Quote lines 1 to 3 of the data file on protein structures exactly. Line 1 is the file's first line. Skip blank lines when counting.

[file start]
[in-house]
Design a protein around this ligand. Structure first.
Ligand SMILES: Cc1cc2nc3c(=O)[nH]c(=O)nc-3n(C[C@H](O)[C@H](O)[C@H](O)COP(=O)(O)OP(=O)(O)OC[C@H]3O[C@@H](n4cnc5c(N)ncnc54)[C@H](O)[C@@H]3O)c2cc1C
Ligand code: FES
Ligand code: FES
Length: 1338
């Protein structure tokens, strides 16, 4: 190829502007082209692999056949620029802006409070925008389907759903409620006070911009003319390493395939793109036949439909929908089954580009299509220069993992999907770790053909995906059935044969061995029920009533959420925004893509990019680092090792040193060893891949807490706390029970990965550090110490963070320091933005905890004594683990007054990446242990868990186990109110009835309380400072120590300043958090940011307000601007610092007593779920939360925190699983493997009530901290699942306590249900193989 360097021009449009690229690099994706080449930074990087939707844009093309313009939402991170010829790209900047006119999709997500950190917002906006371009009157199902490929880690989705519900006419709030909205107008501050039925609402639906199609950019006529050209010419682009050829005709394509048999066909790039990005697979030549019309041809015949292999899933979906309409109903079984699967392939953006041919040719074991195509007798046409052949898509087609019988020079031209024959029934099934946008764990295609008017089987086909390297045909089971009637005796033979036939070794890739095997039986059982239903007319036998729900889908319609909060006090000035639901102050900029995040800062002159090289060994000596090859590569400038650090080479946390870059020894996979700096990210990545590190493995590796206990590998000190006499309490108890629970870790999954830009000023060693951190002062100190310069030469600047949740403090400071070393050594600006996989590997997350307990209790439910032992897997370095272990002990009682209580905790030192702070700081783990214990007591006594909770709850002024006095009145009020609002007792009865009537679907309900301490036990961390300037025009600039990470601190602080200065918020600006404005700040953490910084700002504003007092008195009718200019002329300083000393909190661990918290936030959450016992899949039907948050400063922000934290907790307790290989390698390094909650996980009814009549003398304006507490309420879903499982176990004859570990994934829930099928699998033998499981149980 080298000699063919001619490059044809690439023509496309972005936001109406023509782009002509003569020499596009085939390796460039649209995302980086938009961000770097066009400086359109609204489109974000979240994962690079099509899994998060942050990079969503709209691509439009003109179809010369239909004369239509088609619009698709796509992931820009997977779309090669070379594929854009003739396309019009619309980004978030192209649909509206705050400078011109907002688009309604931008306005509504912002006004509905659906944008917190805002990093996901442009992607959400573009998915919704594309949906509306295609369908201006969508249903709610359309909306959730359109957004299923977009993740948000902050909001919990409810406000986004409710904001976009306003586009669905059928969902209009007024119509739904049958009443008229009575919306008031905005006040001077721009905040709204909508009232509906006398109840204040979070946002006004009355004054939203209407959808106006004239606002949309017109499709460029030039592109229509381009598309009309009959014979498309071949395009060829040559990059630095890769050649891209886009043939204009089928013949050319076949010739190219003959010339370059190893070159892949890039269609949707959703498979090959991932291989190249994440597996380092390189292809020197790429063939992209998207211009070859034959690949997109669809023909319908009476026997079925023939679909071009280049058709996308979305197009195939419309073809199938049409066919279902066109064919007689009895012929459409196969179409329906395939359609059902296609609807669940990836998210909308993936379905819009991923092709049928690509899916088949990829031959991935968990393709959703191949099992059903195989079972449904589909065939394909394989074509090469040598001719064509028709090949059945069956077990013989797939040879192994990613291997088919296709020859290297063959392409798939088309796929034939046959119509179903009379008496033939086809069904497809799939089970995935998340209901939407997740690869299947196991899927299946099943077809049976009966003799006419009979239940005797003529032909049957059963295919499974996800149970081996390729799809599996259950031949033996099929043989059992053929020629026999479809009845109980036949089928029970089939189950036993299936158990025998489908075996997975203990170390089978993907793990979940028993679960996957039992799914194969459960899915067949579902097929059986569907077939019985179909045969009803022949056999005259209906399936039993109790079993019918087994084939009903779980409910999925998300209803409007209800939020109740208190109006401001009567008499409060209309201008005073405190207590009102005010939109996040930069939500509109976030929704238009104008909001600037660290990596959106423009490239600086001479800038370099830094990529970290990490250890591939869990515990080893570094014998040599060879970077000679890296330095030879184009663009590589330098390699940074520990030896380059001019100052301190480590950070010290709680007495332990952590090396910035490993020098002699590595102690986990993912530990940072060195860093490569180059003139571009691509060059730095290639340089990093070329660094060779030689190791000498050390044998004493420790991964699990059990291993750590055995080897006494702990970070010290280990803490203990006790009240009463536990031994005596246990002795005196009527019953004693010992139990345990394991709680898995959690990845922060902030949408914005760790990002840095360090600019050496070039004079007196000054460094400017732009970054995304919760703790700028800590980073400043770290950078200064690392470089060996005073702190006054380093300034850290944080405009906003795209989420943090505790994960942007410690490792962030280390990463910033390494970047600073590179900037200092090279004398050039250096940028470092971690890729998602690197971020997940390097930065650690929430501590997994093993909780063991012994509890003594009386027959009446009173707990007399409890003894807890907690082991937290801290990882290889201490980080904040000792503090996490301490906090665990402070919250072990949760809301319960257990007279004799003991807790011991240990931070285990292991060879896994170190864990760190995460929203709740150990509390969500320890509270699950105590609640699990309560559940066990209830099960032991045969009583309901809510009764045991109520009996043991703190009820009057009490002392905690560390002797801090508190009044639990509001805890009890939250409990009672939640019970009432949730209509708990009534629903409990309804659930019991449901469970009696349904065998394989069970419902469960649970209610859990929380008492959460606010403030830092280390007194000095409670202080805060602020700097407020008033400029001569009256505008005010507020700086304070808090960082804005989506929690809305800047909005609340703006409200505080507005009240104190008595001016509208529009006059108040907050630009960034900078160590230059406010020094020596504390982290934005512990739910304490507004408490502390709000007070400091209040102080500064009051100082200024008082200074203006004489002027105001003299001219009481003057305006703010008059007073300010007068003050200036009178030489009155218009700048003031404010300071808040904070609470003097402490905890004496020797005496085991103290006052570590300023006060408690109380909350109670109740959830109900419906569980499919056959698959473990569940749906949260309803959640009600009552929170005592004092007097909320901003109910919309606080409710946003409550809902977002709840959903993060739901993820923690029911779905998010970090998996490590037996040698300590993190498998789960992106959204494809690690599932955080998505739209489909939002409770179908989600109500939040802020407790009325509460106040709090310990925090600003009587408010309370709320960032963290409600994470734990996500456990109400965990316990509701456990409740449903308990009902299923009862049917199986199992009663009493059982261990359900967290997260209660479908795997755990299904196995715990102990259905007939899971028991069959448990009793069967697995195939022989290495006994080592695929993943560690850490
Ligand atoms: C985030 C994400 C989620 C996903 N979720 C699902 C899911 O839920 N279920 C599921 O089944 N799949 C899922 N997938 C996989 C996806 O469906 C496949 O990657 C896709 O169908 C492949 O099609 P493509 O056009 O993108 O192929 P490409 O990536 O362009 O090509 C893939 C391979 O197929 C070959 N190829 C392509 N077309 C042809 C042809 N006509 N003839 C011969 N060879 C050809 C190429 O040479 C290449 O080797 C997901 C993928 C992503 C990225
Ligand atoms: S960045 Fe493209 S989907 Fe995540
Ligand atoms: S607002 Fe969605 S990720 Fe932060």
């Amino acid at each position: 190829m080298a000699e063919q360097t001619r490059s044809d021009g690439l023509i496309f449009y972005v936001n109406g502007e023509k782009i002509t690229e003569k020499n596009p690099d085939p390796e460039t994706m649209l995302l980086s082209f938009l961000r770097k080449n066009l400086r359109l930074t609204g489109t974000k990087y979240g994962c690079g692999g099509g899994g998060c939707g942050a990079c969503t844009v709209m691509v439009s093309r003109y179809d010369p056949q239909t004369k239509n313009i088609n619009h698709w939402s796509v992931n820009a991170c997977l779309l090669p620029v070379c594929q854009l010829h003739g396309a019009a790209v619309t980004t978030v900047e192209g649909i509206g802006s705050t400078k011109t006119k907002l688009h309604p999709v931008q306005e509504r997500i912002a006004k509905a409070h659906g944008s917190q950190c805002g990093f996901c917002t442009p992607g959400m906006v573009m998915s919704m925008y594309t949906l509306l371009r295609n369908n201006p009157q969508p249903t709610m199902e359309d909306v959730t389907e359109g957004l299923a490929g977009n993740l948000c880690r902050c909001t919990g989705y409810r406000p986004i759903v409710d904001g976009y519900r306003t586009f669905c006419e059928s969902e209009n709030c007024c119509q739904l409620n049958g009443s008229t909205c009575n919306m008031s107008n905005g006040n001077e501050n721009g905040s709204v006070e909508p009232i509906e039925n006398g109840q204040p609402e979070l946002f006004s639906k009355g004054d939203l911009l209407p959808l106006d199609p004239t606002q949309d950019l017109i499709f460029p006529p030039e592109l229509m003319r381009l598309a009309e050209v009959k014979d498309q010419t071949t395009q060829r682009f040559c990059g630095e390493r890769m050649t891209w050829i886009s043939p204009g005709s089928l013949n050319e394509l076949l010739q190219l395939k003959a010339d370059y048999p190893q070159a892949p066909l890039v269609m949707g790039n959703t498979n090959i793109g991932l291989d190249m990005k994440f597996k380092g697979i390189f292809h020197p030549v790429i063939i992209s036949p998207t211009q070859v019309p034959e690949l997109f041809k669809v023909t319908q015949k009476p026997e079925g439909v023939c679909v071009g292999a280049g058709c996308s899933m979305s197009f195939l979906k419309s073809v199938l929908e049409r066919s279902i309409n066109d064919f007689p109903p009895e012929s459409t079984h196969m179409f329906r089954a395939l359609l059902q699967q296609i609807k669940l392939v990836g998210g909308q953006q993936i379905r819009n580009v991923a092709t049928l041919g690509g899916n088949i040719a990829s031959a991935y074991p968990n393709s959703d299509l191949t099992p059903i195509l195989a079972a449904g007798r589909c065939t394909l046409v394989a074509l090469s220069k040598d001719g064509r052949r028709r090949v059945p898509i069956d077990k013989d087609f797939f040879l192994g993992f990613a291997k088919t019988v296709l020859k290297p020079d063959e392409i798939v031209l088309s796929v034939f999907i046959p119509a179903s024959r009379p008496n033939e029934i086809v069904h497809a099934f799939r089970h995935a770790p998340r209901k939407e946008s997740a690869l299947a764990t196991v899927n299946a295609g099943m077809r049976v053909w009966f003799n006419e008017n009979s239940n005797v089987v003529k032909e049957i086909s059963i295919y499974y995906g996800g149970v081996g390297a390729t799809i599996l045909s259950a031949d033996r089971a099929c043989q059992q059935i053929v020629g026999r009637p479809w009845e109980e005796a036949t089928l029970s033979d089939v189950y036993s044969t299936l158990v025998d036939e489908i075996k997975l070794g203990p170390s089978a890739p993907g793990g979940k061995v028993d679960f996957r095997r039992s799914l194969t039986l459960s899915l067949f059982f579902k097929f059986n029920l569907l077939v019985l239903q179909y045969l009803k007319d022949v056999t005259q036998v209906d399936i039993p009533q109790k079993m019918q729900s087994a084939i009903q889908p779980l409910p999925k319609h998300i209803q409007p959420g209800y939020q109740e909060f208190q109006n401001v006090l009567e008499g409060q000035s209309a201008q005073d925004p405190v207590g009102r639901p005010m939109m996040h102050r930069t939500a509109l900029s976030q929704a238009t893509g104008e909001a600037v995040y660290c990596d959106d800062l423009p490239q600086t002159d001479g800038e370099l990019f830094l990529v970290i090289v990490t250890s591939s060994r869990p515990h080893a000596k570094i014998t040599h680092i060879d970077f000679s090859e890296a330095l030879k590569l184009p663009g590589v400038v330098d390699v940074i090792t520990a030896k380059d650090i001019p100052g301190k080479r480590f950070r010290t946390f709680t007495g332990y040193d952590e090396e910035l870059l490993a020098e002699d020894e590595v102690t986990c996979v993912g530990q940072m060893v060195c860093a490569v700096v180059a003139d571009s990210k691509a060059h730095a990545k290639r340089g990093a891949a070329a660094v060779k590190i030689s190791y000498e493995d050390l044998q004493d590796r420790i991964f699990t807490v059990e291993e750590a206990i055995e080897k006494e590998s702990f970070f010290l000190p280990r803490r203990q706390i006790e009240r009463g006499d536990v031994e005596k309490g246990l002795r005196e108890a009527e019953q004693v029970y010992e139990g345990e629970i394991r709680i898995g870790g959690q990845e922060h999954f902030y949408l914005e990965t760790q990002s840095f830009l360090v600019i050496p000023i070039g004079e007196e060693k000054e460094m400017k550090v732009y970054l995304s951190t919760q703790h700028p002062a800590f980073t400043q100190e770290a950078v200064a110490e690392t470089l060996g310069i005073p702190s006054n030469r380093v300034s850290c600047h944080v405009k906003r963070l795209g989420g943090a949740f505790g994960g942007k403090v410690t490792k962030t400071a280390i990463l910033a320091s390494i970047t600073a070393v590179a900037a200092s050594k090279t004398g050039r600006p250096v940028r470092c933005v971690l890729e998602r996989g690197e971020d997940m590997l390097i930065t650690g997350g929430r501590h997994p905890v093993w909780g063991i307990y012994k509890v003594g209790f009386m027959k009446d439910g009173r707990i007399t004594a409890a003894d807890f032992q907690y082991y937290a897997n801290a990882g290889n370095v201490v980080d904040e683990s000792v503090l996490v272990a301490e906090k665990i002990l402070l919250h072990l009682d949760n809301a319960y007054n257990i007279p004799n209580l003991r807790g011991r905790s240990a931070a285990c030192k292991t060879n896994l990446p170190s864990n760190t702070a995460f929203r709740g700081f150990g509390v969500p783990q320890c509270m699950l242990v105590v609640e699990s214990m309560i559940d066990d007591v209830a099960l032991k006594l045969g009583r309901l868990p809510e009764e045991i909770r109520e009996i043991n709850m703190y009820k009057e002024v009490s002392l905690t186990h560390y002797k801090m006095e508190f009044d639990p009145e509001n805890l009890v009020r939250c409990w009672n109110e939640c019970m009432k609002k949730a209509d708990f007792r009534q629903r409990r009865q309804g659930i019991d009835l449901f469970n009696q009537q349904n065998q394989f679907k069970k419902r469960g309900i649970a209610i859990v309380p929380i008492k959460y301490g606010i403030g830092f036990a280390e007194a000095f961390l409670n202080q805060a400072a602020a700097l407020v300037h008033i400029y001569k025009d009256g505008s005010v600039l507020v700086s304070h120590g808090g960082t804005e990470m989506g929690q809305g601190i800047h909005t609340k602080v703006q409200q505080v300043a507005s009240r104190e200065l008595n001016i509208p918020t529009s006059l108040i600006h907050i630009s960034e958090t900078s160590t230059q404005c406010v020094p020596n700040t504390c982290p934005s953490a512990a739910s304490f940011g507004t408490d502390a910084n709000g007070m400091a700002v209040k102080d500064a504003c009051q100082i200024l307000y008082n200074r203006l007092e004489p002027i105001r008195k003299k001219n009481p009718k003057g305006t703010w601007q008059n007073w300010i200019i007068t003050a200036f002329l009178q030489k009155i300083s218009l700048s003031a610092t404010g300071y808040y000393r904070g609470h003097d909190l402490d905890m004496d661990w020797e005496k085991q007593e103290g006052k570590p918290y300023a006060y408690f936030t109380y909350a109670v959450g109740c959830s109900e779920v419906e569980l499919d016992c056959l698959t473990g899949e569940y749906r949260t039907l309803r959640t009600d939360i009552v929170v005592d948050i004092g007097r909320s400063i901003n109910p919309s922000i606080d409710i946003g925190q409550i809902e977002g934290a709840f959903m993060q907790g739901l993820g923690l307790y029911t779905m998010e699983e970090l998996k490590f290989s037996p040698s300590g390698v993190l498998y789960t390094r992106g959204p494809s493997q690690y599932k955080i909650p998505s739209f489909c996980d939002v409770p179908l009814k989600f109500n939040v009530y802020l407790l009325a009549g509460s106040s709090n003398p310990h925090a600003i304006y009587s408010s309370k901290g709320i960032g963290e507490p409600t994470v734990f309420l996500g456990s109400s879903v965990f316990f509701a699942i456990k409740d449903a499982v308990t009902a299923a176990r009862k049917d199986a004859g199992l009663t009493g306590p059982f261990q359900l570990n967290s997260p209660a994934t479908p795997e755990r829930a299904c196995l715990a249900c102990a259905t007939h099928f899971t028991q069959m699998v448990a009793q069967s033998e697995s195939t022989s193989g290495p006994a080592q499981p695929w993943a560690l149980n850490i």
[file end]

[in-house]
Design a protein around this ligand. Structure first.
Ligand SMILES: Cc1cc2nc3c(=O)[nH]c(=O)nc-3n(C[C@H](O)[C@H](O)[C@H](O)COP(=O)(O)OP(=O)(O)OC[C@H]3O[C@@H](n4cnc5c(N)ncnc54)[C@H](O)[C@@H]3O)c2cc1C